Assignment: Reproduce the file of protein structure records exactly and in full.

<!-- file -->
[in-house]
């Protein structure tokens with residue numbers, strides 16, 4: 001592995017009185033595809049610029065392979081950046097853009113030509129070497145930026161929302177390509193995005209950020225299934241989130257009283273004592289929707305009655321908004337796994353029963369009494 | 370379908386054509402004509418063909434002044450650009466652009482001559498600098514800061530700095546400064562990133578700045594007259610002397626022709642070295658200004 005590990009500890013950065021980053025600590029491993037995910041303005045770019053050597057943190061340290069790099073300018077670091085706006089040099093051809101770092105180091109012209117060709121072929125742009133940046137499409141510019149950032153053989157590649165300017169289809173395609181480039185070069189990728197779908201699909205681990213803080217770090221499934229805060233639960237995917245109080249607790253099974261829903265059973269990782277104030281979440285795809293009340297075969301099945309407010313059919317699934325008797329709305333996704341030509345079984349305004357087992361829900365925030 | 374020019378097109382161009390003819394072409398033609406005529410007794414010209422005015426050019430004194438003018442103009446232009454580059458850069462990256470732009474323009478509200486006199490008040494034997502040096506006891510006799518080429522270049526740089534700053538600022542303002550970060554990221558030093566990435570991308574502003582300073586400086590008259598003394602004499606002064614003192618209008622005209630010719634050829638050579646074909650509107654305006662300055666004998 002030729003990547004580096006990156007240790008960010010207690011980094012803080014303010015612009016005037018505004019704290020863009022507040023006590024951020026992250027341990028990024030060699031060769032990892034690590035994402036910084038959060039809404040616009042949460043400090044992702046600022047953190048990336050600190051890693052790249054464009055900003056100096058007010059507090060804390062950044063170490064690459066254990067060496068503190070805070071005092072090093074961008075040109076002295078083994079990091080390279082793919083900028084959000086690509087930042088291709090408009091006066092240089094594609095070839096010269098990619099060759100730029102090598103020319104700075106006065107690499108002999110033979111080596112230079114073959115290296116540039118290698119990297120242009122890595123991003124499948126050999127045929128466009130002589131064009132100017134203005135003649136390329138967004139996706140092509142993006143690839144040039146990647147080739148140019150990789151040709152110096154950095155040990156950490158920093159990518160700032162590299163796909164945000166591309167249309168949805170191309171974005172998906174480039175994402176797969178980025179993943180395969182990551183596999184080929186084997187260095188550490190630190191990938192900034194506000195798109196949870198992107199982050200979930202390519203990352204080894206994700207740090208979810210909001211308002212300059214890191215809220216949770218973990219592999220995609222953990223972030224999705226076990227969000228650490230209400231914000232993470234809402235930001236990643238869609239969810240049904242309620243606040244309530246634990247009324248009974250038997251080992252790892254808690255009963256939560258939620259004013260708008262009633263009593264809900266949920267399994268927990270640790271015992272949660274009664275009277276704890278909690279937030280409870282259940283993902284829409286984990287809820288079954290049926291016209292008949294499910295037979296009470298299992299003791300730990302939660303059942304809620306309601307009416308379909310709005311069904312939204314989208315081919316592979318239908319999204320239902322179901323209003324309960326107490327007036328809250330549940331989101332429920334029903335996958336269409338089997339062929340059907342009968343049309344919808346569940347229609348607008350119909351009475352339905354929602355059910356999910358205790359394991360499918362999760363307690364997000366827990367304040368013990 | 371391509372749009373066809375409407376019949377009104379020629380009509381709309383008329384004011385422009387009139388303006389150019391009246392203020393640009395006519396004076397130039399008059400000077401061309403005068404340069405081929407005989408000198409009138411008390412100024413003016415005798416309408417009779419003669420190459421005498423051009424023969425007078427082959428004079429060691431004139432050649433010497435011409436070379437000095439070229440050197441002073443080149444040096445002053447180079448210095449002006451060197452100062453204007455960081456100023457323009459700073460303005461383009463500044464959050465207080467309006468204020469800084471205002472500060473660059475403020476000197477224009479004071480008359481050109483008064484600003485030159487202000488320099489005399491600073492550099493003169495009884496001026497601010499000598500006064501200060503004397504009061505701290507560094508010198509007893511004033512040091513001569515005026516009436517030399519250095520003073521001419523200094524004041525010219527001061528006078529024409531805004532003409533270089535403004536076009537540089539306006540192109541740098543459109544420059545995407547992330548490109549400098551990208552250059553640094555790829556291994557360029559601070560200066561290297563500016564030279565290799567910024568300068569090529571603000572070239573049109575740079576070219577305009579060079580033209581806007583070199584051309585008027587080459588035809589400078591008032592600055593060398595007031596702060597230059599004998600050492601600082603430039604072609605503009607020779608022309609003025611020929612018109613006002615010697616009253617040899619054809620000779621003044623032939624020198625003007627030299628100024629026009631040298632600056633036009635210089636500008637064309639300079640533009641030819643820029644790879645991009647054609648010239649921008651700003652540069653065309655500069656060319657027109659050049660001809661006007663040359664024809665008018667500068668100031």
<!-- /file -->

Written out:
[in-house]
């Protein structure tokens with residue numbers, strides 16, 4: 001592995017009185033595809049610029065392979081950046097853009113030509129070497145930026161929302177390509193995005209950020225299934241989130257009283273004592289929707305009655321908004337796994353029963369009494 | 370379908386054509402004509418063909434002044450650009466652009482001559498600098514800061530700095546400064562990133578700045594007259610002397626022709642070295658200004 005590990009500890013950065021980053025600590029491993037995910041303005045770019053050597057943190061340290069790099073300018077670091085706006089040099093051809101770092105180091109012209117060709121072929125742009133940046137499409141510019149950032153053989157590649165300017169289809173395609181480039185070069189990728197779908201699909205681990213803080217770090221499934229805060233639960237995917245109080249607790253099974261829903265059973269990782277104030281979440285795809293009340297075969301099945309407010313059919317699934325008797329709305333996704341030509345079984349305004357087992361829900365925030 | 374020019378097109382161009390003819394072409398033609406005529410007794414010209422005015426050019430004194438003018442103009446232009454580059458850069462990256470732009474323009478509200486006199490008040494034997502040096506006891510006799518080429522270049526740089534700053538600022542303002550970060554990221558030093566990435570991308574502003582300073586400086590008259598003394602004499606002064614003192618209008622005209630010719634050829638050579646074909650509107654305006662300055666004998 002030729003990547004580096006990156007240790008960010010207690011980094012803080014303010015612009016005037018505004019704290020863009022507040023006590024951020026992250027341990028990024030060699031060769032990892034690590035994402036910084038959060039809404040616009042949460043400090044992702046600022047953190048990336050600190051890693052790249054464009055900003056100096058007010059507090060804390062950044063170490064690459066254990067060496068503190070805070071005092072090093074961008075040109076002295078083994079990091080390279082793919083900028084959000086690509087930042088291709090408009091006066092240089094594609095070839096010269098990619099060759100730029102090598103020319104700075106006065107690499108002999110033979111080596112230079114073959115290296116540039118290698119990297120242009122890595123991003124499948126050999127045929128466009130002589131064009132100017134203005135003649136390329138967004139996706140092509142993006143690839144040039146990647147080739148140019150990789151040709152110096154950095155040990156950490158920093159990518160700032162590299163796909164945000166591309167249309168949805170191309171974005172998906174480039175994402176797969178980025179993943180395969182990551183596999184080929186084997187260095188550490190630190191990938192900034194506000195798109196949870198992107199982050200979930202390519203990352204080894206994700207740090208979810210909001211308002212300059214890191215809220216949770218973990219592999220995609222953990223972030224999705226076990227969000228650490230209400231914000232993470234809402235930001236990643238869609239969810240049904242309620243606040244309530246634990247009324248009974250038997251080992252790892254808690255009963256939560258939620259004013260708008262009633263009593264809900266949920267399994268927990270640790271015992272949660274009664275009277276704890278909690279937030280409870282259940283993902284829409286984990287809820288079954290049926291016209292008949294499910295037979296009470298299992299003791300730990302939660303059942304809620306309601307009416308379909310709005311069904312939204314989208315081919316592979318239908319999204320239902322179901323209003324309960326107490327007036328809250330549940331989101332429920334029903335996958336269409338089997339062929340059907342009968343049309344919808346569940347229609348607008350119909351009475352339905354929602355059910356999910358205790359394991360499918362999760363307690364997000366827990367304040368013990 | 371391509372749009373066809375409407376019949377009104379020629380009509381709309383008329384004011385422009387009139388303006389150019391009246392203020393640009395006519396004076397130039399008059400000077401061309403005068404340069405081929407005989408000198409009138411008390412100024413003016415005798416309408417009779419003669420190459421005498423051009424023969425007078427082959428004079429060691431004139432050649433010497435011409436070379437000095439070229440050197441002073443080149444040096445002053447180079448210095449002006451060197452100062453204007455960081456100023457323009459700073460303005461383009463500044464959050465207080467309006468204020469800084471205002472500060473660059475403020476000197477224009479004071480008359481050109483008064484600003485030159487202000488320099489005399491600073492550099493003169495009884496001026497601010499000598500006064501200060503004397504009061505701290507560094508010198509007893511004033512040091513001569515005026516009436517030399519250095520003073521001419523200094524004041525010219527001061528006078529024409531805004532003409533270089535403004536076009537540089539306006540192109541740098543459109544420059545995407547992330548490109549400098551990208552250059553640094555790829556291994557360029559601070560200066561290297563500016564030279565290799567910024568300068569090529571603000572070239573049109575740079576070219577305009579060079580033209581806007583070199584051309585008027587080459588035809589400078591008032592600055593060398595007031596702060597230059599004998600050492601600082603430039604072609605503009607020779608022309609003025611020929612018109613006002615010697616009253617040899619054809620000779621003044623032939624020198625003007627030299628100024629026009631040298632600056633036009635210089636500008637064309639300079640533009641030819643820029644790879645991009647054609648010239649921008651700003652540069653065309655500069656060319657027109659050049660001809661006007663040359664024809665008018667500068668100031």